Robert Anton Wilson
Sexual Freedom: Why it is Feared
Those who believe in, and seriously advocate and practice, sexual freedom are, and always have been, a minority. If there is one generalization that truly applies to the majority of men and women in all civilizations, everywhere, it is that they fear sexual freedom more than anything else, more then death itself, even. This is the crucial mystery of human nature and, quite properly, it has been the area of most intense investigation by depth psychologists from Freud and Reich to Marcuse and Brown.
A. S. Neill, the founder of the Summerhill school, was once asked where in the civilized world a man could practice homosexuality without fear of legal persecution. Neill replied that he knew of no such place, adding that he didn’t even know of a place where a man could practice heterosexuality without being persecuted for it. Homosexuals, Dr. Albert Ellis wrote, think that they suffer because they live in an anti-homosexual culture, but the truth is, he added, we all suffer because we live in an anti-sexual culture.
Eschewing depth psychology for the moment and taking a deliberately superficial view, why does the “man in the street” fear sexual freedom? That is, what reason would he himself give for the irrational taboos to which he submits and tries to inflict upon others? The answer is a truism. “Sexual freedom,” the man in the street will tell you, “leads to anarchy and the collapse of Order.”
Instead of automatically denying this (as most advocates of sexual freedom do), let us consider it for a moment. The architect of modern anarchism, Michael Bakunin, wrote in his God and the State that without “God,” the State is impossible. He instances as proof the Republics of France and the United States, both of which were founded by free-thinkers and atheists, but which both embraced the “God” idea very rapidly when the practical details of governing had to be faced. Wilhelm Reich’s Sexual Revolution and Mass Psychology of Fascism document that pro-State attitudes and authoritarianism are usually joined with dogmatic religion and anti-sex fears, whereas anti-State and libertarian attitudes are generally coupled with free thought and pro-sex affirmation. Adorno’s classic Authoritarian Personality gives reams of statistical proof of the Reichian thesis. A governor, we can safely say, has less problems in enforcing obedience if his subjects are mystical, religious and frightened of sex.
The reason for this is easy to understand. Sex denial is very close to being absolutely impossible, and — as the subtle Jesuits knew long before Freud — even when the would-be ascetic thinks he has “triumphed” over the flesh, it sneaks up on him from a new direction and takes him by surprise. Thus, the inevitable consequence of sex denial is guilt: that special guilt which comes of continual failure to accomplish that which you consider “good.” (This continual failure is the “dark night of the soul” lamented by medieval monks). Now, a guilt-ridden man is an easy man to manipulate and force to your own will, because self-respect is the prerequisite of independence and rebellion, and the guilt-ridden person can have no self-respect. Modern advertising revolves around this central fact as a great safe lock pivots on a single jewel: from “B.O.” and “97 pound weakling” to the soap that makes you feel” clean all over,” advertising has inculcated self-doubts and guilts in order to persuade that the sponsor’s panacea will cure these very doubts which the sponsor himself through his ad agency has created!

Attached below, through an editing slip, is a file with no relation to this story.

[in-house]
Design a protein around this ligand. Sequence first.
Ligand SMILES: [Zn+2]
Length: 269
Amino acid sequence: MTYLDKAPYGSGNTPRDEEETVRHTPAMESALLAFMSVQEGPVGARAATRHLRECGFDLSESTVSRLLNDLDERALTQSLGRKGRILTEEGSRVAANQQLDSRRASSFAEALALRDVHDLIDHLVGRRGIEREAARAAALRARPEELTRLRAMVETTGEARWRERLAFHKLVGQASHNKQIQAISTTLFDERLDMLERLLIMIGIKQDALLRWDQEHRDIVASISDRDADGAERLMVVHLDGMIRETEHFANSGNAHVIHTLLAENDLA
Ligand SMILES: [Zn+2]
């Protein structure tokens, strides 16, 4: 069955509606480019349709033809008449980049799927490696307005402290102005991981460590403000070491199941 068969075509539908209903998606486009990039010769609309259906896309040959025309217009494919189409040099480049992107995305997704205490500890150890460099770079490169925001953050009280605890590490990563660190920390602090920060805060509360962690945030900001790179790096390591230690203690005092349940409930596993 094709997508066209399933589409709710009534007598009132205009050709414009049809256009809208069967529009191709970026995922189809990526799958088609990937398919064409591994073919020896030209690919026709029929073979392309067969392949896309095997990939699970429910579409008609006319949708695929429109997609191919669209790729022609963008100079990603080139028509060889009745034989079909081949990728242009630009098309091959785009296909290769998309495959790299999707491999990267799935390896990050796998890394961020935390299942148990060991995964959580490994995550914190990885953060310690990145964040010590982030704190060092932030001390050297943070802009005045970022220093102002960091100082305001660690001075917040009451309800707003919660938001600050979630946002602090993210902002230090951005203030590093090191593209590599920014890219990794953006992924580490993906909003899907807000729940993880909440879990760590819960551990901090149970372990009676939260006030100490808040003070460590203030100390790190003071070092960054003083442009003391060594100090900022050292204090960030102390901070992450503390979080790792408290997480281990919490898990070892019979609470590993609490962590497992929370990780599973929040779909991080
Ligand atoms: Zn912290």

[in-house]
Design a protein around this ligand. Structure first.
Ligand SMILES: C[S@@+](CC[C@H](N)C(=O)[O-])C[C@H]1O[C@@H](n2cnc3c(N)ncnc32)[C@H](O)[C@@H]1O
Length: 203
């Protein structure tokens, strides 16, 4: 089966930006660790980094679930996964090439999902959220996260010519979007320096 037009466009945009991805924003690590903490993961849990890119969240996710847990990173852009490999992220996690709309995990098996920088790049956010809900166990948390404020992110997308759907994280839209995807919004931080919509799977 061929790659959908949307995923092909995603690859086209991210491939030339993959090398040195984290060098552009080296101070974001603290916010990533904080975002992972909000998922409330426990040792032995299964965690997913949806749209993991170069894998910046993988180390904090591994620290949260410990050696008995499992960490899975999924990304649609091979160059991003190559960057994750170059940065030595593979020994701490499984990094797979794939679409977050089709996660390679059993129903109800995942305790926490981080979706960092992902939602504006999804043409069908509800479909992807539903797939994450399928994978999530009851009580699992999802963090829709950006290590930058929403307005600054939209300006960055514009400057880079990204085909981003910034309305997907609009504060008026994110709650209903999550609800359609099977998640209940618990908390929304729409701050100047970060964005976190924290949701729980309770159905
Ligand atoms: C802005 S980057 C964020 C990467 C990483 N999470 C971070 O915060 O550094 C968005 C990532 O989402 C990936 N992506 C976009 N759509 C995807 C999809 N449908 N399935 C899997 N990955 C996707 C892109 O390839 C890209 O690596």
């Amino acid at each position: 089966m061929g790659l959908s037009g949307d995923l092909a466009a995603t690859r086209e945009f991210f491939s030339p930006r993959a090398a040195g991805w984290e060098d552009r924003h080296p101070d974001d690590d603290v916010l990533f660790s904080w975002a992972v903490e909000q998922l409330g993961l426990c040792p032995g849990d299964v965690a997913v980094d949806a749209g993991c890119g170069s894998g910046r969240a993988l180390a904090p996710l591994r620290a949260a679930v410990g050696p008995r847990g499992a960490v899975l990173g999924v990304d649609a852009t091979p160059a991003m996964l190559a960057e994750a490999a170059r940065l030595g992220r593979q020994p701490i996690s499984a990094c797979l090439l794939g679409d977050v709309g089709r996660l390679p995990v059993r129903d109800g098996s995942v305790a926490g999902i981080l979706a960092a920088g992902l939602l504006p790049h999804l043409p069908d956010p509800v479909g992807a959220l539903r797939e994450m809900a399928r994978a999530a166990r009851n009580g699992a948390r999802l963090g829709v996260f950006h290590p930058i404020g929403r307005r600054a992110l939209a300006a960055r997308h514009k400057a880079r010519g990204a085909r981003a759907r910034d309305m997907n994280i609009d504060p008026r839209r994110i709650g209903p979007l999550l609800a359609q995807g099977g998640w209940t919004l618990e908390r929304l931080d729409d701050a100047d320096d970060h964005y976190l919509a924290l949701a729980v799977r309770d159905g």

What does “government” mean, after all? Control of Mr. A by Mr. B — or, in other words, the subordination of one man’s will to another’s. We have been taught that society cannot exist without government and that this sub-ordination of wills is existentially necessary and unchangeable; hence, we accept it. But anthropology presents a different picture. As the anthropologist Kathleen Gough has written, “The State as a social form has existed for about one-two-hundredth part of man’s history... it may be one of the shortest-lived forms of human society.”  What we call anarchy — i.e., voluntary association — has been man’s dominant pattern for 199/200ths of his history. It should be no surprise that, as Rattray Taylor shows in Sex in History, these pre-State societies were not sexually repressed and did not fear sexual freedom to the utmost extent.
Enforced conformity of human beings — the subjugation of society to the will of the State — leads to generalized stress upon the total organism of each. Modern psychosomatic medicine makes abundantly clear that all life (protoplasm) consists of electro-colloidal equilibrium between gel (total dispersion) and sol (total contraction), and every stress produces contraction, as is seen in exaggerated form in the typical withdrawal of the snail and turtle, a human infant visibly cringing with fear, etc. It is this (usually microscopic) contraction of the physical body that we experience psychically as “anxiety.” When it becomes chronic, this contraction effects the large muscles and creates that “hunched, bowed” look which actors employ when portraying a timid and beaten man. The tendency toward this “posture of defeat” is visible in all State-dominated societies, as it was conspicuously absent in the bold carriage of the State-less Polynesians and American Indians when first contacted.
But the chronic anxiety which is the subjective aspect of this physical “shrinking biopathy” leads to a defensive attitude and a philosophy of control. Government per se consists of this compulsion to control in its most highly developed form, and war represents the most coercive and ultimate form of control. No government lasts more than a generation without plunging its subjects into war; even the government founded by the pacifist Gandhi has plunged its subjects into war eight times in the generation since his death. Four wars per century is the average ratio for a long-lasting government.